State of the Hogs: David Lee

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David Lee can't wait to get started this spring. He likes the components for the 2007 Arkansas offense and thinks the passing game can be improved.

For instance, he looks at Peyton Hillis running comfortably in offseason drills and envisions the fullback/H-back/flanker playing a role for the Hogs similar to the one Jason Witten (Dallas Cowboys) and Dallas Clark (Indianapolis Colts) filled in the NFL.

"We had a play at Dallas we called 45 times the last two years and we completed it 35 times," said Lee, the new UA offensive coordinator. "It's one of the better underneath routes I've ever seen. We can run that with Peyton. It's awesome. You give that 230-pound fullback the ball coming down on a linebacker, it's something we are going to use more than last year."

This is Lee's third time on the offensive staff at Arkansas, and the first time he's had the reins as a legit OC. He couldn't help but recall his first day on the job in 1983 when he accepted a post on Ken Hatfield's staff as quarterback coach after Lou Holtz departed as head coach.

"Coach Broyles went to a chalk board and picked up a stick (of chalk)," he said. "I'm pretty sure he had wanted Mal Moore to help Ken coach the wishbone, but Mal wouldn't leave as quarterback coach at Notre Dame. Coach Broyles looked at me and it was as if he was still coaching. He was bigger than life. My life just stopped. He wrote two letters on the board, just T. O. and I didn't know what he was going to say.

"I thought it could have meant timeout. I just didn't know. He said, ‘Look, Lou Holtz was just here. I'll tell you one thing about his offenses. They didn't turn the ball over and he walked out."

There have been no big sessions like that this time around, but if they happened, it might be something like coach Houston Nutt walking to the board and writing "P. G. — get it fixed."

We aren't talking about the lack of a true point guard on the Arkansas team. This time around, David Lee's job is to bring the Arkansas passing game out of hibernation.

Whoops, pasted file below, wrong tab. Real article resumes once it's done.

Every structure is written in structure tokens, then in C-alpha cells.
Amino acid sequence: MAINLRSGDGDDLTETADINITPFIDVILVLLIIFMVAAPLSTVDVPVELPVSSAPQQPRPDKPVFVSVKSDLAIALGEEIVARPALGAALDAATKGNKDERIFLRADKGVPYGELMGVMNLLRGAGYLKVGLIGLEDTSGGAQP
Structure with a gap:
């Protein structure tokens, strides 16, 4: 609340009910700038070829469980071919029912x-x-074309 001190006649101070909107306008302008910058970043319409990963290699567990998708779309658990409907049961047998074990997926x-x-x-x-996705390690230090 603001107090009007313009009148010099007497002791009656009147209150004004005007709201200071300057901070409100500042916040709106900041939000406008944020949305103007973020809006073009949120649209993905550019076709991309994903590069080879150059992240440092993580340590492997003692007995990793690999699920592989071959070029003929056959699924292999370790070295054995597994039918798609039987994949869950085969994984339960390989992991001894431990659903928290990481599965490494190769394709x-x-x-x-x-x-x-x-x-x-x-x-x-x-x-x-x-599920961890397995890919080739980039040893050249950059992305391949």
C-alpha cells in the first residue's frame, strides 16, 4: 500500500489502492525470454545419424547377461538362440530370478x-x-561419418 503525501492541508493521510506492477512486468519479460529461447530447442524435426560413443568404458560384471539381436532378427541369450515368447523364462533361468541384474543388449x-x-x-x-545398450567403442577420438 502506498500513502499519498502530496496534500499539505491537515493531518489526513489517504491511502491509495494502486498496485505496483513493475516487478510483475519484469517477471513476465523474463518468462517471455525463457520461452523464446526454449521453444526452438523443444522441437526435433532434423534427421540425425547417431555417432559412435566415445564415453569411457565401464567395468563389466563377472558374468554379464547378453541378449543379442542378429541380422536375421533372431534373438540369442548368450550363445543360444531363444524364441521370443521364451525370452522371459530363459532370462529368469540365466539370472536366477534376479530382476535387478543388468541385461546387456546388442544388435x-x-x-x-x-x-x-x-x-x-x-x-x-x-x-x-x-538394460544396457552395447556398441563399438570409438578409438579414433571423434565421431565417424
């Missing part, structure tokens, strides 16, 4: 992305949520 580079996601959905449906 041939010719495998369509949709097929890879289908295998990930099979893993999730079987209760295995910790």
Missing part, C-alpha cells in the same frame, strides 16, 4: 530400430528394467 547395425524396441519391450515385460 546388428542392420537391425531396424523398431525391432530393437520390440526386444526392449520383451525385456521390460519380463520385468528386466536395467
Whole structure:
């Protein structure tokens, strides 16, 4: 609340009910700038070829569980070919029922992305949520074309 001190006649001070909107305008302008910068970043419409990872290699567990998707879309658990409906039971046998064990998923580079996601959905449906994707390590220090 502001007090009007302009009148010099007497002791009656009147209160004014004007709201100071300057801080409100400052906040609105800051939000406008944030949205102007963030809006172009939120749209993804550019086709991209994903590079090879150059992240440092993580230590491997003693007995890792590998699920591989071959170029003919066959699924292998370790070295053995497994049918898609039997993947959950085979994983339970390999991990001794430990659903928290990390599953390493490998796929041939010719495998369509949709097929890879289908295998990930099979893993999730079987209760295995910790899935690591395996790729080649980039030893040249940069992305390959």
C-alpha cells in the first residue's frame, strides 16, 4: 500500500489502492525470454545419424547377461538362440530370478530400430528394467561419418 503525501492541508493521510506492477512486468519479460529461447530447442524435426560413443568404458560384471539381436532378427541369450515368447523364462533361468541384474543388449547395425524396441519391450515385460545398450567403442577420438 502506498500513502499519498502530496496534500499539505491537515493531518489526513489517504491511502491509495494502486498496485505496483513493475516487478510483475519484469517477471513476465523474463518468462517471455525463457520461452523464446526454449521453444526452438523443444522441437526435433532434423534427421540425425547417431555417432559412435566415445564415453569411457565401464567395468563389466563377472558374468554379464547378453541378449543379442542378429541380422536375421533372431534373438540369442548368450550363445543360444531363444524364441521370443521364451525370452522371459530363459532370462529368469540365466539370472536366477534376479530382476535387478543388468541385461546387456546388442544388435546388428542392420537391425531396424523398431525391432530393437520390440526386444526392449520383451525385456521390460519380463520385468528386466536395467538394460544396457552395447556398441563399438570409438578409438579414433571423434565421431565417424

It's been pretty much a non-stop job since he was hired in early January. He's spent most of the last six weeks re-writing the passing game portion of the Arkansas offense. And while he doesn't want to eliminate any pages in an extensive running game chapter, he wants to highlight a few plays and concentrate mainly on the passing game.

"We may go back to some of those running game plays, so I'll just mark them out with a highlight pen so they'll stay in the book," Lee said. "But we are going to add a bunch on the passing game."

He's kept graduate assistant coach Jeff Norrid busy the last few weeks adding passing plays in the book through a computer program that generates the plays and prints them out.

"You don't have to draw them up any more from scratch," Lee said. "You use the computer. It's something Jon Gruden brought to the NFL a few years ago and it's a great tool. You get them in the system and then you can spit those plays out in the fall when it's time to use them. It makes it easy.

"But first you have to get them all in there. That's what we are working on. We are working a lot of hours. I don't know how many. Couldn't count them. We are getting there. I've kept Jeff covered up."

The days begin around 4 a.m. for Lee because of the offseason conditioning program. He stays late in the afternoons, too, sometimes making it to the apartment he and his wife share after dinner.

"I'm not real good about taking work home, but I've done some of that, too," Lee said. "Lately, I've been waking up really early and getting a workout in to loosen up my back before our (team offseason workouts). It's a long day, but we've got a lot to get done before spring practices in two weeks."

The challenge to start spring drills will be to see what junior quarterback Casey Dick can handle. Lee suspects he'll do well with the play-action progressions, but isn't so sure about the reads in the drop-back game.

"It's not like it was when I was running option here the last two times I was here," he said. "You knew you were going to get one coverage because they were scared of the option. Now, these defenses have six or seven coverages that you have to be able to read. You think you've got two deep safeties, but at the snap it changes and one of them comes down. That's what we are dealing with now."

Lee said he'll have to see if Dick "can handle progressions or reads. Hopefully, he can do both."

Progressions, he said, are like you see in NFL games with Peyton Manning when he reached hard on a fake of the wide, zone stretch play to the tailback, then pulls the ball back for the play-action series.

"The quarterback then checks the deep route, then the crossing route and then the back in the flat," he said. "It's progression. He's just going from one route to the next. It's one, two, three.

"The read is exactly what it says. You look at the coverage. Can we protect while he makes those reads? That's the pro package. The key is can you process all of that information."


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